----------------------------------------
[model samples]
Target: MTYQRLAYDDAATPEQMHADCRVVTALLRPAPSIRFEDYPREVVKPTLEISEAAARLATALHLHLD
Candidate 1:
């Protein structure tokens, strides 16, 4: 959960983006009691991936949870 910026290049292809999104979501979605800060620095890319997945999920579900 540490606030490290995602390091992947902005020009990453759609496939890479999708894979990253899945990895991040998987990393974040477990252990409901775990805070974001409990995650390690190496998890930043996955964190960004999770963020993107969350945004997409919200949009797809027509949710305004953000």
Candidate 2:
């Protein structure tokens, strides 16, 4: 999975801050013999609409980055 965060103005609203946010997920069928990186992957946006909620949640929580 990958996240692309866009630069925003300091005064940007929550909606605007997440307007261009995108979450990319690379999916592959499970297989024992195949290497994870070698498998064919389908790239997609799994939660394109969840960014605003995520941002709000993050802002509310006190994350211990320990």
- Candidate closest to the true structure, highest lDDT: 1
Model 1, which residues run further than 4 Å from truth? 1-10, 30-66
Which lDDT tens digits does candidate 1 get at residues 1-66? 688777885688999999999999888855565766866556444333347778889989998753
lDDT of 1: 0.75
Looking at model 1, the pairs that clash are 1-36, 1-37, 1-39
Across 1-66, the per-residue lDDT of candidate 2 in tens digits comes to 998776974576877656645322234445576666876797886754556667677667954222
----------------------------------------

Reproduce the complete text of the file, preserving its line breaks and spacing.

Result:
[model samples]
Target: MTYQRLAYDDAATPEQMHADCRVVTALLRPAPSIRFEDYPREVVKPTLEISEAAARLATALHLHLD
Candidate 1:
């Protein structure tokens, strides 16, 4: 959960983006009691991936949870 910026290049292809999104979501979605800060620095890319997945999920579900 540490606030490290995602390091992947902005020009990453759609496939890479999708894979990253899945990895991040998987990393974040477990252990409901775990805070974001409990995650390690190496998890930043996955964190960004999770963020993107969350945004997409919200949009797809027509949710305004953000």
Candidate 2:
């Protein structure tokens, strides 16, 4: 999975801050013999609409980055 965060103005609203946010997920069928990186992957946006909620949640929580 990958996240692309866009630069925003300091005064940007929550909606605007997440307007261009995108979450990319690379999916592959499970297989024992195949290497994870070698498998064919389908790239997609799994939660394109969840960014605003995520941002709000993050802002509310006190994350211990320990």
- Candidate closest to the true structure, highest lDDT: 1
Model 1, which residues run further than 4 Å from truth? 1-10, 30-66
Which lDDT tens digits does candidate 1 get at residues 1-66? 688777885688999999999999888855565766866556444333347778889989998753
lDDT of 1: 0.75
Looking at model 1, the pairs that clash are 1-36, 1-37, 1-39
Across 1-66, the per-residue lDDT of candidate 2 in tens digits comes to 998776974576877656645322234445576666876797886754556667677667954222